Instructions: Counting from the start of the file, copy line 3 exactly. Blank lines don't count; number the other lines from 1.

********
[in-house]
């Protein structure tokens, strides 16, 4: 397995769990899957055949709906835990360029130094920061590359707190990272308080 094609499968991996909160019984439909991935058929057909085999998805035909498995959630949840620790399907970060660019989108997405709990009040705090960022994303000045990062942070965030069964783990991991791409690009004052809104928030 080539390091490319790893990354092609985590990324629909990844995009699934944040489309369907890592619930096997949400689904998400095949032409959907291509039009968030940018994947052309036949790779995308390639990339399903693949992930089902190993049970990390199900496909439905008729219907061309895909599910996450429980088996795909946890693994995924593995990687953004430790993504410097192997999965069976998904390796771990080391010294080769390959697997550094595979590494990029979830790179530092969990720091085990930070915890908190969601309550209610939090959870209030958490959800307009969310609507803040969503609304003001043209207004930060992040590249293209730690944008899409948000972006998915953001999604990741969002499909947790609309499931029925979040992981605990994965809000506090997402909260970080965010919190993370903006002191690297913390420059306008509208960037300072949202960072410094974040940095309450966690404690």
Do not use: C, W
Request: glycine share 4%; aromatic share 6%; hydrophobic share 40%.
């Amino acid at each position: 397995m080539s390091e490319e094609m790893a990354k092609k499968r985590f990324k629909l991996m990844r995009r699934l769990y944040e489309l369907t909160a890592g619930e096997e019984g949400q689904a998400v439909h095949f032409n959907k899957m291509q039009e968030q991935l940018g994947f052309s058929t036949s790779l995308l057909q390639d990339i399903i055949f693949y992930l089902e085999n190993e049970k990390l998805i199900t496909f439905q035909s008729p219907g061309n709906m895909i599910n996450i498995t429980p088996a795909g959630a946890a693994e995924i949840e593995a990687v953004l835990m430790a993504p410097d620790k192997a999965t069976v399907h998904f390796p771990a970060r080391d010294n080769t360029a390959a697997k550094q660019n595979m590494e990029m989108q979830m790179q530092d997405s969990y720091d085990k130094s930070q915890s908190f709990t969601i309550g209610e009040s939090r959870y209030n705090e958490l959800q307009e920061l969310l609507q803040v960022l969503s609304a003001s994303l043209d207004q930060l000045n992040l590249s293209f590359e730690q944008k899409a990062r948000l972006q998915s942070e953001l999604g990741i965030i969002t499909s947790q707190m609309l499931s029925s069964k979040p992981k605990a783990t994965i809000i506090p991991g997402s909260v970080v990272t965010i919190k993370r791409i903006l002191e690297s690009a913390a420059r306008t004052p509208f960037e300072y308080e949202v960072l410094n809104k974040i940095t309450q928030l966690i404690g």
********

Do not use: C, W